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Asymptomatic Borrelia-seropositive individuals display the same incidence of Borrelia-specific interferon-gamma (IFN-gamma)-secreting cells in blood as patients with clinical Borrelia infection.

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Abstract

Borrelia
Lyme disease is a complex disorder that sometimes becomes chronic. There are contradictory reports of experimental Borrelia infections regarding which type of T cell cytokine responses, i.e. Th1 or Th2, are needed to eradicate the Borrelia spirochaetes. In human borreliosis a predominance of Borrelia-specific Th1-like responses has been shown. In this study, spontaneous, as well as Borrelia-specific, secretion of IFN-gamma (Th1) and IL-4 (Th2) in Borrelia-seropositive healthy asymptomatic individuals (n = 17) was investigated in peripheral blood by a sensitive ELISPOT assay, and compared with previously reported responses in patients with clinical Borrelia infection (n = 25). The seropositive asymptomatic individuals displayed the same predominance of Borrelia-specific IFN-gamma-secreting cells as the patients with clinical Borrelia infection. Interestingly, the proportion of spontaneously IL-4-secreting cells, reflecting the unstimulated in vivo secretion, was lower in the seropositive asymptomatic individuals compared with patients with chronic Borrelia infections (n = 13, P = 0.02), whereas no such difference was found compared with subacute Borrelia infections (n = 12). These findings indicate that IFN-gamma secretion alone is not sufficient to eliminate Borrelia spirochaetes in humans, although IFN-gamma may still have a beneficial role in borreliosis acting in concert with other mechanisms.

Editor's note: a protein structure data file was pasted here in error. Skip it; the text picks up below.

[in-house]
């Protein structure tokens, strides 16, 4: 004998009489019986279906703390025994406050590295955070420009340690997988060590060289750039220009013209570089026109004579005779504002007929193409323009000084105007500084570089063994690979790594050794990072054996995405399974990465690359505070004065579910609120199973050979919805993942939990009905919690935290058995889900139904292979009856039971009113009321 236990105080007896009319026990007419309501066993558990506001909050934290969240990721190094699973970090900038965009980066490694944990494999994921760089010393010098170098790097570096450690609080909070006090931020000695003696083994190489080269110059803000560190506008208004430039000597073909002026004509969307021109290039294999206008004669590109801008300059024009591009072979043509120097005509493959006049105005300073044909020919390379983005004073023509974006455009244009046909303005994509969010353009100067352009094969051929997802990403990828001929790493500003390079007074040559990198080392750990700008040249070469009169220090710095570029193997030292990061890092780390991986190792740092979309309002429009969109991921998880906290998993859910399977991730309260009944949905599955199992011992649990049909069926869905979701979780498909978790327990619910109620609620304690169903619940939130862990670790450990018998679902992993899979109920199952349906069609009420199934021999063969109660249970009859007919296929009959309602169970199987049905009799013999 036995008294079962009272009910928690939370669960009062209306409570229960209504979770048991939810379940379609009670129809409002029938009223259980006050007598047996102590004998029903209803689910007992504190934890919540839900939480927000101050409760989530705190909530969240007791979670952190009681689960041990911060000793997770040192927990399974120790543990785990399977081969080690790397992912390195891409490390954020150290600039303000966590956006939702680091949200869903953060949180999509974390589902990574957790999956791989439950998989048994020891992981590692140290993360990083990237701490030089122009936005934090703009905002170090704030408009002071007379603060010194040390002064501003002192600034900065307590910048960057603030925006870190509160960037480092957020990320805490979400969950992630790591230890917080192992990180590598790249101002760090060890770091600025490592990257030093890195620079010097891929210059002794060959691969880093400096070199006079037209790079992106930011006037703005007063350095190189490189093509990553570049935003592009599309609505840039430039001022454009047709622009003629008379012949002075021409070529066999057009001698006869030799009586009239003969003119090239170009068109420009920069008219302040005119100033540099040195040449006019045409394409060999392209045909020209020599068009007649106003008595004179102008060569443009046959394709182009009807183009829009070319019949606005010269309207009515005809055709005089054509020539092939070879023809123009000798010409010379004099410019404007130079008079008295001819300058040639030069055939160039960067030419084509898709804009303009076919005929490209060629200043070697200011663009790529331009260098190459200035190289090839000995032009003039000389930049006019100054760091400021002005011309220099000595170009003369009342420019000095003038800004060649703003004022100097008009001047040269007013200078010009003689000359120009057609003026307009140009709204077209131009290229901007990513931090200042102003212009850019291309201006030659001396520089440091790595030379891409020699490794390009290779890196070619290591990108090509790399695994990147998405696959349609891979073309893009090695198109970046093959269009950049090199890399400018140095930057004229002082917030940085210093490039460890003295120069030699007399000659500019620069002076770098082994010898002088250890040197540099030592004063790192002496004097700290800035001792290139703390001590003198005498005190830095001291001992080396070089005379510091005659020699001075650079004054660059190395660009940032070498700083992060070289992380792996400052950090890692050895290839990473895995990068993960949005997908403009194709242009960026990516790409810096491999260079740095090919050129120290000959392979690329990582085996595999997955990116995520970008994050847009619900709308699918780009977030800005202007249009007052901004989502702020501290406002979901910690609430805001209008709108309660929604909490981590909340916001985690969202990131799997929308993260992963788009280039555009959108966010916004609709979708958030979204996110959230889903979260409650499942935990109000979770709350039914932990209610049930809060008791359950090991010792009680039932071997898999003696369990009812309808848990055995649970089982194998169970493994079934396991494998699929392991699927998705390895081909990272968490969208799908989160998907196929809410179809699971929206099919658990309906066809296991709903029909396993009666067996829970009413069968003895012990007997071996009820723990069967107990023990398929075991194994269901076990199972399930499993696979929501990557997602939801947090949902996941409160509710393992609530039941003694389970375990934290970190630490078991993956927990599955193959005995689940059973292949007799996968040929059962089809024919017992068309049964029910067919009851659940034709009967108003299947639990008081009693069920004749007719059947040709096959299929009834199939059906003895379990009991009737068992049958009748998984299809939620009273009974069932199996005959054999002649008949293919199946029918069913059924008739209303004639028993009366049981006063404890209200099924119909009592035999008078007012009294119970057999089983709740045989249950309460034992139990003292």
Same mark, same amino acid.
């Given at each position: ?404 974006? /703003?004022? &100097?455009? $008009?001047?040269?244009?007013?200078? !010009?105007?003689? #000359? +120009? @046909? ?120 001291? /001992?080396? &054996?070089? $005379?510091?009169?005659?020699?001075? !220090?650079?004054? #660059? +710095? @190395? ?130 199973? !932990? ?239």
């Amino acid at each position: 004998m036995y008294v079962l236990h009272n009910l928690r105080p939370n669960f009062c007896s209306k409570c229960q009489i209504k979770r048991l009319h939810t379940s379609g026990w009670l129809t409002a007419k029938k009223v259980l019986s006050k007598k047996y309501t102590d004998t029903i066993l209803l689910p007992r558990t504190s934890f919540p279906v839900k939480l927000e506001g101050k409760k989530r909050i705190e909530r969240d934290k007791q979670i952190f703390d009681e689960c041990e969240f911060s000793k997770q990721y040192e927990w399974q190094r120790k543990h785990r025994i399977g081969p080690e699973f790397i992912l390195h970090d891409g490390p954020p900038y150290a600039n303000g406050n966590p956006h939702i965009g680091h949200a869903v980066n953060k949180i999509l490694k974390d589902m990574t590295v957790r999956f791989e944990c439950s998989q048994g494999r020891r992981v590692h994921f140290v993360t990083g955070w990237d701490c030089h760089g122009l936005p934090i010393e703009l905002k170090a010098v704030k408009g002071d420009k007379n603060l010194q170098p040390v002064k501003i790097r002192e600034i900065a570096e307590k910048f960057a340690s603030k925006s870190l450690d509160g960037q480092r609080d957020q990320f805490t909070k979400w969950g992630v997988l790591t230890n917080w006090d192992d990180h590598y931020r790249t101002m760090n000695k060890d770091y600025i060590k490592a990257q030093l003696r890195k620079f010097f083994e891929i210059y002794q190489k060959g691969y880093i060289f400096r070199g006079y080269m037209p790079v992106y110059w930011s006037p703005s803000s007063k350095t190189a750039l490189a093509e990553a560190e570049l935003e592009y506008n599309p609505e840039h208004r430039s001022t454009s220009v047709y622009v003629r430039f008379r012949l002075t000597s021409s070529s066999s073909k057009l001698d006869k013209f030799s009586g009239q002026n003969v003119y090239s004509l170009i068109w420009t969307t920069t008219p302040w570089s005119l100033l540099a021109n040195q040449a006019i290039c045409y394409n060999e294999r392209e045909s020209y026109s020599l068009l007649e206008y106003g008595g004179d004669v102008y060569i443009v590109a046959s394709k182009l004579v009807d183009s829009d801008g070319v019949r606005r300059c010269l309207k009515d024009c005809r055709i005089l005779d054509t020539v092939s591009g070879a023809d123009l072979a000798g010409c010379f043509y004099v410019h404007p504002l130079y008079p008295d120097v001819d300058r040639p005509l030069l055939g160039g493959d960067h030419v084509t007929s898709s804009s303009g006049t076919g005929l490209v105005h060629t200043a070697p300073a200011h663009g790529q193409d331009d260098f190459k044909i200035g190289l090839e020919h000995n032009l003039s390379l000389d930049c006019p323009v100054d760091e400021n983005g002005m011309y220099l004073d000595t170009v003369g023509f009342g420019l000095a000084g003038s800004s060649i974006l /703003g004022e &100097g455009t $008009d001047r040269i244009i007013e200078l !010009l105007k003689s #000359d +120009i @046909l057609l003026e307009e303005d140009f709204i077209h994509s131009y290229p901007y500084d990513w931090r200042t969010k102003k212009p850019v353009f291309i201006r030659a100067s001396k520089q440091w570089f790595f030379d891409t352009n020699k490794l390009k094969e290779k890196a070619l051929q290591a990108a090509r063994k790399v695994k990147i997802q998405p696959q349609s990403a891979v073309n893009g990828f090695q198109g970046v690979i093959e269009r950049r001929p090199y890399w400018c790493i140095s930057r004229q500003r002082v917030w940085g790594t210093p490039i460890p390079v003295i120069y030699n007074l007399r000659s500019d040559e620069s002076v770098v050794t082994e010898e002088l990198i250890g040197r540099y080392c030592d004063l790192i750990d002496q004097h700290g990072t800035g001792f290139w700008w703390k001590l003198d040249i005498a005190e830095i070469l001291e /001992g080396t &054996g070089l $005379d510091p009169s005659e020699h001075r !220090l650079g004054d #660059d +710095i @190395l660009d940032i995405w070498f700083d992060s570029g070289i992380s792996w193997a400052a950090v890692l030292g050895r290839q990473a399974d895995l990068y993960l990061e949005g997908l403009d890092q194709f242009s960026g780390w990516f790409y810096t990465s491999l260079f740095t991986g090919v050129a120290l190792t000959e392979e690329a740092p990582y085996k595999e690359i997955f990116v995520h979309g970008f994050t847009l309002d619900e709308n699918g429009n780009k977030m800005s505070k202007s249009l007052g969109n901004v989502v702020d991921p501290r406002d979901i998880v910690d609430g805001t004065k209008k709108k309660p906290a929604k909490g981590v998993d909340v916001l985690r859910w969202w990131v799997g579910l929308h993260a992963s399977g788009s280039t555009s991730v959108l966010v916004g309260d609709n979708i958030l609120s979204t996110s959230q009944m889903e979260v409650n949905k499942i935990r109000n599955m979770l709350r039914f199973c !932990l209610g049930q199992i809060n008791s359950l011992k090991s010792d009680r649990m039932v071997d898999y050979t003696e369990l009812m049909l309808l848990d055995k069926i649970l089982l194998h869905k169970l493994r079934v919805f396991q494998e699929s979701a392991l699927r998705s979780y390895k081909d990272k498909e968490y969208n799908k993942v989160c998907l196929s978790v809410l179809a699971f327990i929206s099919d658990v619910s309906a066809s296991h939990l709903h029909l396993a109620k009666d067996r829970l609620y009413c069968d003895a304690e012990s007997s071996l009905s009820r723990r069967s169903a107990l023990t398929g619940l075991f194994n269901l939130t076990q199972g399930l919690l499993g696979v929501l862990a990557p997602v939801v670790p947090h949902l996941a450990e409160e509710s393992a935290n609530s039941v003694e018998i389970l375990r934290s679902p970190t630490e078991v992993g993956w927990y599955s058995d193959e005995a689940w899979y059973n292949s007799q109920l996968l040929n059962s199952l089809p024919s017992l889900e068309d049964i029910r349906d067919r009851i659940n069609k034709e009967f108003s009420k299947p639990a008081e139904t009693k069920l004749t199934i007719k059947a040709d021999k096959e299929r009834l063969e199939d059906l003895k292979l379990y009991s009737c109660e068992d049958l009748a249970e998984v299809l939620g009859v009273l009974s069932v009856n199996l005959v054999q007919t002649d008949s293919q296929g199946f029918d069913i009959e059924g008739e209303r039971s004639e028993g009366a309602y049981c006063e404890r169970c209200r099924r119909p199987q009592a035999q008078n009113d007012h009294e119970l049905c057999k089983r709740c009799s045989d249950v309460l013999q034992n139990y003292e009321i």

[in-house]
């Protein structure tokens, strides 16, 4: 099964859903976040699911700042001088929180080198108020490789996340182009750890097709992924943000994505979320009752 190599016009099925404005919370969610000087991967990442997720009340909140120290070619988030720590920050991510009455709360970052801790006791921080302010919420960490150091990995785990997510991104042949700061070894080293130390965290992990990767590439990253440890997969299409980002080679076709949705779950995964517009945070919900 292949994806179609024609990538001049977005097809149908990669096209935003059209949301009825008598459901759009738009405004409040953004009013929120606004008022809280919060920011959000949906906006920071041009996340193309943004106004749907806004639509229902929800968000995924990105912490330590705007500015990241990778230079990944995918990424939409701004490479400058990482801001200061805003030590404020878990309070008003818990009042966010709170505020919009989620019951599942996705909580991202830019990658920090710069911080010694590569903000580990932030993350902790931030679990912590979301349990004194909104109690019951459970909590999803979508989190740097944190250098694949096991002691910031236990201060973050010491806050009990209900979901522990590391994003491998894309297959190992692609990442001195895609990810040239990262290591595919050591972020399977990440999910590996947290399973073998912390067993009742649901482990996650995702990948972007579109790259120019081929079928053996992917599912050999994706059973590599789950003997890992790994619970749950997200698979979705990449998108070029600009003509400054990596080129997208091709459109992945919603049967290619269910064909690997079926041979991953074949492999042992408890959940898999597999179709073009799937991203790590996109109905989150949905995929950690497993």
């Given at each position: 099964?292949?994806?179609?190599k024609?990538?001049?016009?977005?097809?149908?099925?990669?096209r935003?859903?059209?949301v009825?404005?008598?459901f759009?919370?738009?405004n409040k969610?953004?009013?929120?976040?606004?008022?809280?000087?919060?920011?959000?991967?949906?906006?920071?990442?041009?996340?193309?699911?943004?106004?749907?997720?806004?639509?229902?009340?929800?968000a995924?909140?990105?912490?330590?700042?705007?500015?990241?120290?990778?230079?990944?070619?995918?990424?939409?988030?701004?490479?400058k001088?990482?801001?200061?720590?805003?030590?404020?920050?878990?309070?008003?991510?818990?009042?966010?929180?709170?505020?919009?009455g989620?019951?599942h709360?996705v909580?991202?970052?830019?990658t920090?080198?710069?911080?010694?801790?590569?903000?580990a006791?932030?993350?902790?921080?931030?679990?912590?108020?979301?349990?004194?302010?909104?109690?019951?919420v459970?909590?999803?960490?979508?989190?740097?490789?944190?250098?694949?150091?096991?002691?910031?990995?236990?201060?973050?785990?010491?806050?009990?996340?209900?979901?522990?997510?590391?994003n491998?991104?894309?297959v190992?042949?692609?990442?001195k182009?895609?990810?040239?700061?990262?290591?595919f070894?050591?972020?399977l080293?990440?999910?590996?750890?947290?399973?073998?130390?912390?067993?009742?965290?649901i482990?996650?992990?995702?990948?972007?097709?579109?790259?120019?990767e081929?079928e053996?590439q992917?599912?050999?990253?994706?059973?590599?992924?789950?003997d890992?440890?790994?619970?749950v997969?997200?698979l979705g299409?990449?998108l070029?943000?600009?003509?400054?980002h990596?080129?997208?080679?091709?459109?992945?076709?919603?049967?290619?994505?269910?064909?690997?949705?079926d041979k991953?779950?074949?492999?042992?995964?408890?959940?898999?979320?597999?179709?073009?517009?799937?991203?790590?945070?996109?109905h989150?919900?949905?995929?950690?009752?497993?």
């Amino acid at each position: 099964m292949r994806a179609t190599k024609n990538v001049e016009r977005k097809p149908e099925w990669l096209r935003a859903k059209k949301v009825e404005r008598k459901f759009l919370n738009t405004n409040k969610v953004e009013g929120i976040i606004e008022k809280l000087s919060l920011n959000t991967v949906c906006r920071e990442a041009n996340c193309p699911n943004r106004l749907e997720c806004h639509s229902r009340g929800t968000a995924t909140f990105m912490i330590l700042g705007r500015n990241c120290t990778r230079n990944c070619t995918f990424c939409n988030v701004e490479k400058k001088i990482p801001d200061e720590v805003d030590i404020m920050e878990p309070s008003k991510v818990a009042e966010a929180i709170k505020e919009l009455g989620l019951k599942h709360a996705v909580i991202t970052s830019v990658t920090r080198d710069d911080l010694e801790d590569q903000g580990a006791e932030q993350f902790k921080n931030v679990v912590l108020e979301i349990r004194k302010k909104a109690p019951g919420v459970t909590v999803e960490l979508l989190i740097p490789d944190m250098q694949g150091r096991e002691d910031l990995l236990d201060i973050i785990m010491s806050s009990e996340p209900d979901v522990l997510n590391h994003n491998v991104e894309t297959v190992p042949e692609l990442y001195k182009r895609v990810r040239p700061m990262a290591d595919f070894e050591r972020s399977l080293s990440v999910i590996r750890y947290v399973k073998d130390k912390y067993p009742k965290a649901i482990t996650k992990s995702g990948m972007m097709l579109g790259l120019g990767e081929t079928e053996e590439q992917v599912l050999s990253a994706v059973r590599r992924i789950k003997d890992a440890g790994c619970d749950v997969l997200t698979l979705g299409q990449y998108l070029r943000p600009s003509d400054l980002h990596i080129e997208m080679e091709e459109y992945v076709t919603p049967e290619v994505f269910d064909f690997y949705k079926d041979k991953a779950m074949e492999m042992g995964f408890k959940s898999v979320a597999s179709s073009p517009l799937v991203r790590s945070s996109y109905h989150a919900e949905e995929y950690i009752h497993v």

Clin Exp Immunol. 1999 Mar;115(3):498-502. Research Support, Non-U.S. Gov’t

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